Quantcast

Latest Stress and immune system Stories

Yes, Stress Can Make You Sick. But How?
2012-04-03 07:47:02

Researchers, led by Sheldon Cohen, at Carnegie Mellon University have discovered that psychological stress increases risk for depression, heart disease and infectious diseases. And now they know how. The researchers found that psychological stress causes the body to lose its ability to regulate the inflammatory response. According to Cohen, “Inflammation is partly regulated by the hormone cortisol and when cortisol is not allowed to serve this function, inflammation can get out of...

2011-03-24 14:32:36

Psychological distress and risk of long term disability: population based longitudinal study Even relatively mild stress can lead to long term disability and an inability to work, reveals a large population based study published online in the Journal of Epidemiology and Community Health. It is well known that mental health problems are associated with long term disability, but the impact of milder forms of psychological stress is likely to have been underestimated, say the authors. Between...

2010-07-15 16:57:00

OKLAHOMA CITY, July 15 /PRNewswire/ -- Imagine feeling great all the time; never feeling run down and never having to take a week off from the gym to recover from strain or injury. This isn't a utopian vision of some far-off future - this is reality for the tens of thousands who have discovered the first and only health food that balances the body's immune system naturally: i26 by Legacy for Life. The $50 Million Egg And The Million Dollar Question: How Does It Work? Our immune systems...

2009-07-21 08:40:36

Whether it's getting a cold during exam time or feeling run-down after a big meeting, we've all experienced feeling sick following a particularly stressful time at work or school. Is this merely coincidence, or is it possible that stress can actually make us sick? In a new report in Perspectives on Psychological Science, a journal of the Association for Psychological Science, psychologist Janice K. Kiecolt-Glaser from the Ohio State University College of Medicine reviews research...

2009-04-21 14:19:54

Study finds link between exposure to community violence and a disruption to the stress pathways in the body School-aged children who witness violence in urban communities show symptoms of post-traumatic stress. They also suffer physiological effects with a disruption to their normal cortisol production pattern during the day, which may have long-term negative effects on their health. According to Dr. Shakira Franco Suglia, from the Harvard School of Public Health, and her team lead by Dr....

2009-03-11 11:12:51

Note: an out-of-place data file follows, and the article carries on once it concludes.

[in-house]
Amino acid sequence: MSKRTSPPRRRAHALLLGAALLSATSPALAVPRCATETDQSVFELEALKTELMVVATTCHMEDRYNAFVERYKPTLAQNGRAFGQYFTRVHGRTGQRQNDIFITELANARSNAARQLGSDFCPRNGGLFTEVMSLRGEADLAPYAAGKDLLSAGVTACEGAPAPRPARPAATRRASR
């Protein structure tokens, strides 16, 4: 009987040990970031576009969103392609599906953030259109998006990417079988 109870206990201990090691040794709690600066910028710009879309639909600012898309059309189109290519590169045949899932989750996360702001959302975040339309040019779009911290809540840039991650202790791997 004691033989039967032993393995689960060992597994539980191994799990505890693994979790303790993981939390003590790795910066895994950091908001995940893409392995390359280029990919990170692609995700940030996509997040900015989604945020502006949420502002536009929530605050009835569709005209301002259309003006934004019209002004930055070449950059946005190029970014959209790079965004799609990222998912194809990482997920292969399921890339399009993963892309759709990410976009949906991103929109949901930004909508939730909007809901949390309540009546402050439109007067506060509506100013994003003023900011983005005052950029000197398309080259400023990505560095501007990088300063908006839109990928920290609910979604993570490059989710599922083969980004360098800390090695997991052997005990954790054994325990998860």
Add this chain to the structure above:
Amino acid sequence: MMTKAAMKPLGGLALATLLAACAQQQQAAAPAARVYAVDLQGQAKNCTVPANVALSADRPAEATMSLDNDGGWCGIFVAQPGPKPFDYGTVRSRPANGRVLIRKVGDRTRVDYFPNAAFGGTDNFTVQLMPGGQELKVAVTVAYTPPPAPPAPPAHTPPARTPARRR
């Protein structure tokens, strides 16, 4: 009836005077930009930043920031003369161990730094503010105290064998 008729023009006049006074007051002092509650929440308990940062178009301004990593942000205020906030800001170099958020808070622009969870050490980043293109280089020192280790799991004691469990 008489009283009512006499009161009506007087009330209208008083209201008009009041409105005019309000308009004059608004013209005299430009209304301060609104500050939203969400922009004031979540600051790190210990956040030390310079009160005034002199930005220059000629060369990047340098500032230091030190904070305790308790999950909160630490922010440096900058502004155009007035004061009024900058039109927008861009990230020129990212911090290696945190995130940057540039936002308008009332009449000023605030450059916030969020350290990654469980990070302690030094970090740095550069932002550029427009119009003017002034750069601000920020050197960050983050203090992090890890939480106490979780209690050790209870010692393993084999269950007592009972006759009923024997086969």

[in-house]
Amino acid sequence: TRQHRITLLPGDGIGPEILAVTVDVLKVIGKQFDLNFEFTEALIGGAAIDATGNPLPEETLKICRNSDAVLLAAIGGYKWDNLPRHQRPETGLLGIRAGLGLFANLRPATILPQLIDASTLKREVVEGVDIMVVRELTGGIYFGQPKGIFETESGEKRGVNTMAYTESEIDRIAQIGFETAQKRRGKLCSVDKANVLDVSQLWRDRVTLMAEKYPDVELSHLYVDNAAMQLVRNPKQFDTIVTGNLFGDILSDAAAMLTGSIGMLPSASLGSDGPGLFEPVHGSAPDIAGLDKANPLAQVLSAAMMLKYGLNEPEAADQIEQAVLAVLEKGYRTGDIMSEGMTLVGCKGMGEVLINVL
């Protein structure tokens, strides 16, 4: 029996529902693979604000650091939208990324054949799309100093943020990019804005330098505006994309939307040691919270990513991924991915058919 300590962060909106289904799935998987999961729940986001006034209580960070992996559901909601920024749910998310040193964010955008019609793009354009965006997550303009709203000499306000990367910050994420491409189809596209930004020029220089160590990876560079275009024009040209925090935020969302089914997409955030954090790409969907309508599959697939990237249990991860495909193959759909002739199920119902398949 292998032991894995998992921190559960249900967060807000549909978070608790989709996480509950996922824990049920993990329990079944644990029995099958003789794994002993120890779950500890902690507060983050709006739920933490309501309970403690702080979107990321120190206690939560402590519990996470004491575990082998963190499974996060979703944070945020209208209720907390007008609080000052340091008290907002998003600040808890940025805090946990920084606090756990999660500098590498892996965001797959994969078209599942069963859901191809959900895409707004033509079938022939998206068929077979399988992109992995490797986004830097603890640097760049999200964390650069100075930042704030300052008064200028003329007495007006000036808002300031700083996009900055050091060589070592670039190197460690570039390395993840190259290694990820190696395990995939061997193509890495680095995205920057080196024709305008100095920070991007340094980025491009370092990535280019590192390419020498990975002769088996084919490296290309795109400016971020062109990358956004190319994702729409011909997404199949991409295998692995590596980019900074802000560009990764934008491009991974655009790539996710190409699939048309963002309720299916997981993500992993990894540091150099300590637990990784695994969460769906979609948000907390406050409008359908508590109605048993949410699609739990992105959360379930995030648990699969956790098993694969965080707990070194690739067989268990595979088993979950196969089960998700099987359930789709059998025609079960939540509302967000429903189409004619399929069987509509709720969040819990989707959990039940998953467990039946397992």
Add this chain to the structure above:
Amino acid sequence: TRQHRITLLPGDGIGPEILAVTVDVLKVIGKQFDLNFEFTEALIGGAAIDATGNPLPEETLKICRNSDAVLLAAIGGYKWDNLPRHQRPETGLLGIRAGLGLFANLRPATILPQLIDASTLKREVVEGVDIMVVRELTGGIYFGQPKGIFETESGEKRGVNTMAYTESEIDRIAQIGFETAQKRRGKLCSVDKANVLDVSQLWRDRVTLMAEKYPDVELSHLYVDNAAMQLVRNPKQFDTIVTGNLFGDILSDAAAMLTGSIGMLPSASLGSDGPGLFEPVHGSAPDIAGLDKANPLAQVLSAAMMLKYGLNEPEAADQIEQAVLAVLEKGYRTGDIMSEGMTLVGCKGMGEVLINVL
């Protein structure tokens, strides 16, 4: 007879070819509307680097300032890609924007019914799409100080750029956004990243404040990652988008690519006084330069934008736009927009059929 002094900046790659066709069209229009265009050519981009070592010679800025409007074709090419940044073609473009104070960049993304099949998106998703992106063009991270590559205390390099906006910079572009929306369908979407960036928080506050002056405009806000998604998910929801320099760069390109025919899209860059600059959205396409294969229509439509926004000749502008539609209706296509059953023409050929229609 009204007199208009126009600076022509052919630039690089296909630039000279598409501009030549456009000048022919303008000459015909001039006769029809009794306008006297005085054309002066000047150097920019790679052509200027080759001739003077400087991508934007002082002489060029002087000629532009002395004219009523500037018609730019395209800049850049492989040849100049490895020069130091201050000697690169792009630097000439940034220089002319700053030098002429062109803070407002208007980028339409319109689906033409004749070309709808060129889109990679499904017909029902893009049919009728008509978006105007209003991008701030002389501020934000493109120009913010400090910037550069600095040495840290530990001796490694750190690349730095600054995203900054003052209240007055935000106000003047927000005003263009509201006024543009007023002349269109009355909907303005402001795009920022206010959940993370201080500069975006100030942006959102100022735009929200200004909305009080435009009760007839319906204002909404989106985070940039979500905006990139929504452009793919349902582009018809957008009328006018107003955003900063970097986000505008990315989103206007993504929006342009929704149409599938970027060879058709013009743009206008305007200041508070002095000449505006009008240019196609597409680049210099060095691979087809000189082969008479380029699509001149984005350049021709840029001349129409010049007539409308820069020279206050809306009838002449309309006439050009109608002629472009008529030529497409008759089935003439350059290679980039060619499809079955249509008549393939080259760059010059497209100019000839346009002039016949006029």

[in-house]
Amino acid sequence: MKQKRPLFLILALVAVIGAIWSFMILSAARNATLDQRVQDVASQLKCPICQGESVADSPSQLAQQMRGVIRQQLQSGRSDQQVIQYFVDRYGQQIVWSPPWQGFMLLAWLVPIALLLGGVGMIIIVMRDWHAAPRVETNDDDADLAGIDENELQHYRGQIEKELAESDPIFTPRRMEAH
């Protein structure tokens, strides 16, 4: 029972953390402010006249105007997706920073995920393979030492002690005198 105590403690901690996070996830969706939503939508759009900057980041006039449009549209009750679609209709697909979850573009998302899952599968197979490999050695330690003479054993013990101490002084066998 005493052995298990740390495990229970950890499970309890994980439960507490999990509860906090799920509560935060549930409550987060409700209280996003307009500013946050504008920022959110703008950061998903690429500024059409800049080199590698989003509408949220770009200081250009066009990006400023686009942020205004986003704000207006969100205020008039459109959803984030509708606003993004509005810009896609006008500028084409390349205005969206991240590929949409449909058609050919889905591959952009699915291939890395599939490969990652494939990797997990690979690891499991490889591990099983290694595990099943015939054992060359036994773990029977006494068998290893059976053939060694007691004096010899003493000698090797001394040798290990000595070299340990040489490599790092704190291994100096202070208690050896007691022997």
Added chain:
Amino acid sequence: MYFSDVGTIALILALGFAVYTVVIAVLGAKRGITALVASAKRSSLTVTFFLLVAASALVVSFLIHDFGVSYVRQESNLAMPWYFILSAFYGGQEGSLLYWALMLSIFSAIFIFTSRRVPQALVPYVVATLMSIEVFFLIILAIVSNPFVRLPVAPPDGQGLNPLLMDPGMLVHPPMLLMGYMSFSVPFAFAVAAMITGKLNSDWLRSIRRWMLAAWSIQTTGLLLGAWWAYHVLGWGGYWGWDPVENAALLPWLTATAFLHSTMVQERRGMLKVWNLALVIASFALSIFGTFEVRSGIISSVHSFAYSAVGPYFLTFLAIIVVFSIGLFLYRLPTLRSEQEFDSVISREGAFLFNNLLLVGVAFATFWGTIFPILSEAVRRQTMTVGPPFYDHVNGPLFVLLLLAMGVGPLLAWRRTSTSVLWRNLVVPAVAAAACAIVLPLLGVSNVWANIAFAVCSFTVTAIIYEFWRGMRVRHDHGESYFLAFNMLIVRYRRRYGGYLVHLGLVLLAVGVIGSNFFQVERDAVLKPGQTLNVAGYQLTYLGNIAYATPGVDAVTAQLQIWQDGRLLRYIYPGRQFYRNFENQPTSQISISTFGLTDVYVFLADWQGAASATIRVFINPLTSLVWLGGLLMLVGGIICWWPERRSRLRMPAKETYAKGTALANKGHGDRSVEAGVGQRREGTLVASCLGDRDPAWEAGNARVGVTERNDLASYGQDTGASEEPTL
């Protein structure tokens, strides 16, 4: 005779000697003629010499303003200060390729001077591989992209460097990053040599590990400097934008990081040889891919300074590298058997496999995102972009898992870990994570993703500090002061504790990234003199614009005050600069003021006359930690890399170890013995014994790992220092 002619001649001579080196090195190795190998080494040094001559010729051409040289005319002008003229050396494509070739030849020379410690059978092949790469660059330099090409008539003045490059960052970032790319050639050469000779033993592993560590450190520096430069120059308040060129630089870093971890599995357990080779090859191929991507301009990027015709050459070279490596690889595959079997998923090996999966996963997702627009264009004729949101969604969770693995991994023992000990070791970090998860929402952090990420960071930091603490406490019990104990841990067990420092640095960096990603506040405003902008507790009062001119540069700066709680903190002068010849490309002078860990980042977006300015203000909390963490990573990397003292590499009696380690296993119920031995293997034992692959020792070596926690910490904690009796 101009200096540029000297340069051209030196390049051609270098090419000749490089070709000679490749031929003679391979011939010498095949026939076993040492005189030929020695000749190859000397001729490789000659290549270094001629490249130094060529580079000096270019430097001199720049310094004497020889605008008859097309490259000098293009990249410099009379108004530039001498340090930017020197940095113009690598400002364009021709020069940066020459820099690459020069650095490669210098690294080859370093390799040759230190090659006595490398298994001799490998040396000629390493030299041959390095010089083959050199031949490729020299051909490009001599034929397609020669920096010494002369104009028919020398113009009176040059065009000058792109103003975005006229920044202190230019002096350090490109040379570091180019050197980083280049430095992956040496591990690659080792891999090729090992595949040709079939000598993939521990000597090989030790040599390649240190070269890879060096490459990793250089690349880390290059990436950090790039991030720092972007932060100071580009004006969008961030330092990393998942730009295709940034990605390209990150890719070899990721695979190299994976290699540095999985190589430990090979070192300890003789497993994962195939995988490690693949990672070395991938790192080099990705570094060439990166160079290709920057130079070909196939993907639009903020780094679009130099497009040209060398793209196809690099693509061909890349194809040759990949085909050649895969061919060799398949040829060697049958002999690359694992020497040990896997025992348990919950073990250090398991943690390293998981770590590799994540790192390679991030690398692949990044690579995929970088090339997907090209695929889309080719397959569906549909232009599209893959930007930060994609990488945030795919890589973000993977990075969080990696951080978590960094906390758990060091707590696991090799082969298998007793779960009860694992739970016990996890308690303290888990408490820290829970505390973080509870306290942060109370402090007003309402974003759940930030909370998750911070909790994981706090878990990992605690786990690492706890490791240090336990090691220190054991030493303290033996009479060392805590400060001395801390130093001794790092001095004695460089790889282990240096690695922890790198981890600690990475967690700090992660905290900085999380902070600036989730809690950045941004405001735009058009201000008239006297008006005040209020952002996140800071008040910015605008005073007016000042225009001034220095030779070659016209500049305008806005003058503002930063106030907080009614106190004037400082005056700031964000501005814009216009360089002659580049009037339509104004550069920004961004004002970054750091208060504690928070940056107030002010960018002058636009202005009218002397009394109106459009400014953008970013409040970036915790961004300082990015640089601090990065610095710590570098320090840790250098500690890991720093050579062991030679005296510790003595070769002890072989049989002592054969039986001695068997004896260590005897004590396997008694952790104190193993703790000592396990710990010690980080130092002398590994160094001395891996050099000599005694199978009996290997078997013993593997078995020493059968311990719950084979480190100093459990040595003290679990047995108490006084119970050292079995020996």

U.S. biochemists say they've identified a new pathway that controls the activity of a protein involved in inflammation regulation. University of Illinois Professor Lin-Feng Chen and colleagues said their findings could have important implications for the treatment of diseases or conditions linked to chronic inflammation. The researchers said they have deciphered a molecular code that controls the function of a protein complex called NF-kappa B that is involved in a cell's inflammatory...

2009-02-17 21:26:55

Raising a child with a disability causes more daily stress and long-range health problems than parenting a child without disabilities, U.S. researchers say. Stress and health ills were greater among parents of disabled children, U.S. researchers found. The study, published in the Journal of Health and Social Behavior, found parents who had children with disabilities -- that included attention-deficit hyperactivity disorder and bipolar disorder -- reported having at least one stressor on 50...

2007-08-18 00:22:00

Chronic stress can aggravate neurodegenerative diseases such as multiple sclerosis and other inflammatory diseases, U.S. researchers said. A study by scientists at Texas A&M University, presented at the 115th Annual Convention of the American Psychological Association, said stress-related increases in central nervous system inflammation are behind the adverse effects of stress in an animal model of MS. The study suggests that stress-induced increases of pro-inflammatory cytokines --...

2005-11-16 13:07:00

By Amy Norton NEW YORK (Reuters Health) - Simply thinking about something personally meaningful can ease some of the physiological effects of stress, a new study suggests. In an experiment with college students asked to perform a stressful task, researchers found that those who first reflected on some important personal values -- whatever they were -- showed lower levels of a stress-hormone while they were under pressure. The findings are the first to show that such self-reflection...


Word of the Day
humgruffin
  • A terrible or repulsive person.
Regarding the etymology of 'humgruffin,' the OED says (rather unhelpfully) that it's a 'made-up word.' We might guess that 'hum' comes from 'humbug' or possibly 'hum' meaning 'a disagreeable smell,' while 'gruffin' could be a combination of 'gruff' and 'griffin.'